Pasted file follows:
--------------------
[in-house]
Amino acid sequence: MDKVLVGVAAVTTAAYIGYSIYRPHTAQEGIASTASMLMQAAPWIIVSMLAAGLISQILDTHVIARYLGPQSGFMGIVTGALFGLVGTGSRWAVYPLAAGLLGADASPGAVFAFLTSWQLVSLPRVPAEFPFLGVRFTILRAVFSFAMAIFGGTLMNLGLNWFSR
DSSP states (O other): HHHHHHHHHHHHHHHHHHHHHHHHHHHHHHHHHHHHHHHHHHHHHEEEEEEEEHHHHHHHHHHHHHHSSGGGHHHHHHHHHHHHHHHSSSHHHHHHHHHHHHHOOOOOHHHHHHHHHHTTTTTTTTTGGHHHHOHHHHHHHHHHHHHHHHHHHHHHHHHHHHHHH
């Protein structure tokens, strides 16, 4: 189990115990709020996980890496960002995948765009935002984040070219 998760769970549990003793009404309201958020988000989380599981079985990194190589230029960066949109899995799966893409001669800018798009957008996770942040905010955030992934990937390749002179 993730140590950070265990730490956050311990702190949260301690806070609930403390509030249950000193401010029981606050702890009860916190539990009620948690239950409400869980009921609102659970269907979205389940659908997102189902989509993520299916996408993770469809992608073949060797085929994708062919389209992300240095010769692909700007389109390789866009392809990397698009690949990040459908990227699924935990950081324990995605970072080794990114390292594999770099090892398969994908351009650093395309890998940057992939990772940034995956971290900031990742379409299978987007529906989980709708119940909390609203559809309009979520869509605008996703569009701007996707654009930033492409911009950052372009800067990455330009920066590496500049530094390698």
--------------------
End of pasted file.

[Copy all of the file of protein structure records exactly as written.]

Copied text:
[in-house]
Amino acid sequence: MDKVLVGVAAVTTAAYIGYSIYRPHTAQEGIASTASMLMQAAPWIIVSMLAAGLISQILDTHVIARYLGPQSGFMGIVTGALFGLVGTGSRWAVYPLAAGLLGADASPGAVFAFLTSWQLVSLPRVPAEFPFLGVRFTILRAVFSFAMAIFGGTLMNLGLNWFSR
DSSP states (O other): HHHHHHHHHHHHHHHHHHHHHHHHHHHHHHHHHHHHHHHHHHHHHEEEEEEEEHHHHHHHHHHHHHHSSGGGHHHHHHHHHHHHHHHSSSHHHHHHHHHHHHHOOOOOHHHHHHHHHHTTTTTTTTTGGHHHHOHHHHHHHHHHHHHHHHHHHHHHHHHHHHHHH
């Protein structure tokens, strides 16, 4: 189990115990709020996980890496960002995948765009935002984040070219 998760769970549990003793009404309201958020988000989380599981079985990194190589230029960066949109899995799966893409001669800018798009957008996770942040905010955030992934990937390749002179 993730140590950070265990730490956050311990702190949260301690806070609930403390509030249950000193401010029981606050702890009860916190539990009620948690239950409400869980009921609102659970269907979205389940659908997102189902989509993520299916996408993770469809992608073949060797085929994708062919389209992300240095010769692909700007389109390789866009392809990397698009690949990040459908990227699924935990950081324990995605970072080794990114390292594999770099090892398969994908351009650093395309890998940057992939990772940034995956971290900031990742379409299978987007529906989980709708119940909390609203559809309009979520869509605008996703569009701007996707654009930033492409911009950052372009800067990455330009920066590496500049530094390698």